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August 4, 2010

Upheaval. This time I bought it on myself. Switching jobs is an opportunity to trust in my resilience. That’s what I’ve been saying to the me inside that gets caught up in predicting my future happiness or anxiousness based on leaving my old job and starting a new one. Even though it’s a futile exercise and I know that, I still get lured into it by my risk averse nature, and because it never seems futile at the outset. It seems prudent to try and figure out what’s going to make me happy, even though humans are not particularly adept at predicting their happiness (at least according to Daniel Gilbert).This  morning I awoke caught up in the exact predicament I’ve just been describing, which has brought on a fair amount of anxiety, a feeling I instinctively avoid, like jerking my finger away from a hot stove. Anxiety and the awareness of my response to it makes me think that my brain is my best friend and my worst enemy – something and I wish I had a better since of humor about. But forcing a sense of humor seems pointless. Although just the idea of saying “Ease up, mother fucker” makes me laugh because of the ineherent contradiction. I’ve got this line from an Ohio Player’s song stuck in my brain – “Rollercoaster of love, Rollercoaster.”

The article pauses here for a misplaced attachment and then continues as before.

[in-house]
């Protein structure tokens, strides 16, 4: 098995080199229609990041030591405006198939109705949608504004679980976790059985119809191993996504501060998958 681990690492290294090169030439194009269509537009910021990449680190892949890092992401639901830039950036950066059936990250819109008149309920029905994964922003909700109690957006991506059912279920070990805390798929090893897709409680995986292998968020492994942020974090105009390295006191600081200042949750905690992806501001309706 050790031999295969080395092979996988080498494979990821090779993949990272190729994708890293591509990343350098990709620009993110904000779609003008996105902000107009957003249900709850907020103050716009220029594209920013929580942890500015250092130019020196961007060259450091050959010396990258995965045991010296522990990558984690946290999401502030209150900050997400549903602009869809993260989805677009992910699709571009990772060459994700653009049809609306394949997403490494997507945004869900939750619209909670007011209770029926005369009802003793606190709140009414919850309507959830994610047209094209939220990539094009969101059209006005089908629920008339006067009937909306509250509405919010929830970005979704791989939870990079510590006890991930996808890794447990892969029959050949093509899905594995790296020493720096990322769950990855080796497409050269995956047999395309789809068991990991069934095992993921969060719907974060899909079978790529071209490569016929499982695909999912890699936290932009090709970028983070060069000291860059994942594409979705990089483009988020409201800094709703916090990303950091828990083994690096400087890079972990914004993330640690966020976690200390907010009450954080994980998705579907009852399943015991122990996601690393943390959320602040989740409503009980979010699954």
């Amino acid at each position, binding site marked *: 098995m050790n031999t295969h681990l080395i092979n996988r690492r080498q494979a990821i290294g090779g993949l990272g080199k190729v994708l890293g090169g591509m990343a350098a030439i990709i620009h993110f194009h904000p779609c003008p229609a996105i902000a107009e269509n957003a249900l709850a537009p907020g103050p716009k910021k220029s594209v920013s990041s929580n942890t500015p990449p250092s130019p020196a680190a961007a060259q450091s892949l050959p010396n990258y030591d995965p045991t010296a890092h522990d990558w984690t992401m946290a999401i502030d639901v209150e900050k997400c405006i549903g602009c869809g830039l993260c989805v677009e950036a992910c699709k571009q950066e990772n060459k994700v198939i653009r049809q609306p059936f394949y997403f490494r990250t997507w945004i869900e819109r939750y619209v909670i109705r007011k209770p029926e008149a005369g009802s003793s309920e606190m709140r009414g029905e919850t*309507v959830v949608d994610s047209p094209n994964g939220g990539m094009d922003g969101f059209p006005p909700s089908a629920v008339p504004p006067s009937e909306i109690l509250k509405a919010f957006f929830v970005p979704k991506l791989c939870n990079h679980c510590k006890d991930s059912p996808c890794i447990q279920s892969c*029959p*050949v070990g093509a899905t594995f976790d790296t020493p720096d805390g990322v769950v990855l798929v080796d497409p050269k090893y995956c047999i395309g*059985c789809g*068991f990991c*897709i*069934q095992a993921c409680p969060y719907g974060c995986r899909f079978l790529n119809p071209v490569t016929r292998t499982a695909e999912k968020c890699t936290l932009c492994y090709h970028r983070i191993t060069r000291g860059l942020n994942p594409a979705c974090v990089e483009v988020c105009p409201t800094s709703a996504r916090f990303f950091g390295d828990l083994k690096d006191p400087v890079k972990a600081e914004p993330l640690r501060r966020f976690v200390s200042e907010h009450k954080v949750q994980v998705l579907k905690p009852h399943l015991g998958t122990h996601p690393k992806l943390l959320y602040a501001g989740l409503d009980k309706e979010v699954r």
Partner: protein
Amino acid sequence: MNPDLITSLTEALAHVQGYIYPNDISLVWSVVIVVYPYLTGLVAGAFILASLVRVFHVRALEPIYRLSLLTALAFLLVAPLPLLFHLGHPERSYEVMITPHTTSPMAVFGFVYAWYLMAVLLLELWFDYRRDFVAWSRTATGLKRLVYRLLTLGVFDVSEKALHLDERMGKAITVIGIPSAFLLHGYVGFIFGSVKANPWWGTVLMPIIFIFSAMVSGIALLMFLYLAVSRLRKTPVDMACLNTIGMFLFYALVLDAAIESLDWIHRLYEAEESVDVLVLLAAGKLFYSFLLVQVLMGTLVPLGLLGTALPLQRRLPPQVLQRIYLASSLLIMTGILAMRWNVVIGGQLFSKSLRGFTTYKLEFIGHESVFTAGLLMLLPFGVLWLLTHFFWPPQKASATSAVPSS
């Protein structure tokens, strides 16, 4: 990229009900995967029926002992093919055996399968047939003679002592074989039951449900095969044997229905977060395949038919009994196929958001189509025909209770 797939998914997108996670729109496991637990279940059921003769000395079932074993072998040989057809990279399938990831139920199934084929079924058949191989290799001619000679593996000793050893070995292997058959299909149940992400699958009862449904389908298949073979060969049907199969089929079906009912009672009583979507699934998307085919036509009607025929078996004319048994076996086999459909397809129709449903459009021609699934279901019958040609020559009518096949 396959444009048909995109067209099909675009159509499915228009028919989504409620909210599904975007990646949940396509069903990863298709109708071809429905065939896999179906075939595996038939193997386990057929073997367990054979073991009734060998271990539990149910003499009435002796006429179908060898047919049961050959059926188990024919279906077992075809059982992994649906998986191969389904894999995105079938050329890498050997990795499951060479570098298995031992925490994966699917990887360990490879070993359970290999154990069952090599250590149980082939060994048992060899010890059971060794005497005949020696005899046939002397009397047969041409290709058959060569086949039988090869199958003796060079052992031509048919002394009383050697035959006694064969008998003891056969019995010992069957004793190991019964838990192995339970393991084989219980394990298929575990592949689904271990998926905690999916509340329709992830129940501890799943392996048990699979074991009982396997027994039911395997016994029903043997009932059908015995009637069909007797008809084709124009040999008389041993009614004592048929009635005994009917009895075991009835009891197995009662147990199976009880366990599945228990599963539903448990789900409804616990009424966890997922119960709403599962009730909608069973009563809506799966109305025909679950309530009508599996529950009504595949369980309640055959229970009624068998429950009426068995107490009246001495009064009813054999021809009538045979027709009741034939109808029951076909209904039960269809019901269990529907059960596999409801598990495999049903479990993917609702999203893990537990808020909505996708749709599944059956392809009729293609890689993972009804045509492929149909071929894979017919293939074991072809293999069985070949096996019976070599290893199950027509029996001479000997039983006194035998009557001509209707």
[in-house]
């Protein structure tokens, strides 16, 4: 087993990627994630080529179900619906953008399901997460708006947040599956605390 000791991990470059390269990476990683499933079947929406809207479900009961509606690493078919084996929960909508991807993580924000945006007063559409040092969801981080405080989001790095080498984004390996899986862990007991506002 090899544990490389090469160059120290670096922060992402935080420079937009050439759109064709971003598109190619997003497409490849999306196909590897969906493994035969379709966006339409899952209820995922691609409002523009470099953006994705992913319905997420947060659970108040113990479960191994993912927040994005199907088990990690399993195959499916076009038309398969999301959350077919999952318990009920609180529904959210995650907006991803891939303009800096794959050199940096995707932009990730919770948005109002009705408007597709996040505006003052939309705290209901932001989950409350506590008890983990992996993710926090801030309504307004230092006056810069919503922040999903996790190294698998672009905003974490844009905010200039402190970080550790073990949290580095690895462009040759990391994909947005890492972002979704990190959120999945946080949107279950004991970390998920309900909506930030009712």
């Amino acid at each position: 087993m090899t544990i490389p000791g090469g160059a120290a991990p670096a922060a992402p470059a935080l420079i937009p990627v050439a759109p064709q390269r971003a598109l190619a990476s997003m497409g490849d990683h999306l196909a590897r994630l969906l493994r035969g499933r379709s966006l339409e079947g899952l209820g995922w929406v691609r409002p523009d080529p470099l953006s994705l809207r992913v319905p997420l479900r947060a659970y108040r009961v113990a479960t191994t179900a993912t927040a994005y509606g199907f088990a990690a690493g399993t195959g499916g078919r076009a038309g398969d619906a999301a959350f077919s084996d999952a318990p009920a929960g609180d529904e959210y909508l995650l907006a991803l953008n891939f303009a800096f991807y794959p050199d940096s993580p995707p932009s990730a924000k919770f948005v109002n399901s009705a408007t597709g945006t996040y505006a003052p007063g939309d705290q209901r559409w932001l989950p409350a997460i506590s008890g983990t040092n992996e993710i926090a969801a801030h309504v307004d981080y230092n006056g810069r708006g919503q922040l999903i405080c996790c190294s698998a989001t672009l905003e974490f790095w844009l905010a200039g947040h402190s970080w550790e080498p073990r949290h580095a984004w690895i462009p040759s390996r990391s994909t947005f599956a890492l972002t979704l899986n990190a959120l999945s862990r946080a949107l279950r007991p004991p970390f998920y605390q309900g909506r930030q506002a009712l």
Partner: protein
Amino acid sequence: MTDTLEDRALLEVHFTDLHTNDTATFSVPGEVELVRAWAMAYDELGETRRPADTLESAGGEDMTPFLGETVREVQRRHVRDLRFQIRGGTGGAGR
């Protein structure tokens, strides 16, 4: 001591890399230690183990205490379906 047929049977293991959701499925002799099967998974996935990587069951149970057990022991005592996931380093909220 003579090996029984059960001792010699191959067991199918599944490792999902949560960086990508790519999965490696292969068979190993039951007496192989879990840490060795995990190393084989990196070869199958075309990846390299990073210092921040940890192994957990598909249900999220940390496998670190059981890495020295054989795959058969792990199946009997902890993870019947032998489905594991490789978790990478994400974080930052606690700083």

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last days

August 3, 2010

Today was my last day working at Rejuvenation. I rode in at 7:30am, like always, spent several hours finishing a tedious project, cleaned out the the crumbs and scraps of paper in my cube, ate some cookies and made a couple rounds of good-byes. I hit the lunch room at 11:30am to say so long to a handful of people who work in manufacturing, people I didn’t work with directly, but almost always talked to when our paths crossed. Their friendliness was something I could count on; even when we ran into some language barrier stuff, we marched on talking about the weather. Today, I sat down at a table next to Sisco, this great guy who’s worked at Rejuve for over 20 years. I told him today was my last day and that I was leaving Rejuvenation and even though we didn’t work together a lot I was glad to have gotten to know him. Sisco thanked me and wished me luck and then as I was walking away he said, “Is your name Liz?” This is a guy I’ve said hello to almost every work day for 4 years and he got the company email that said “Liz” was leaving. I just laughed and said, “Yep, that’s my name”.

I got to know some really fine people during the 4 years I worked there and I will miss their company for sure. It was such an agonizing decision to leave. I almost teared up a couple times saying goodbye.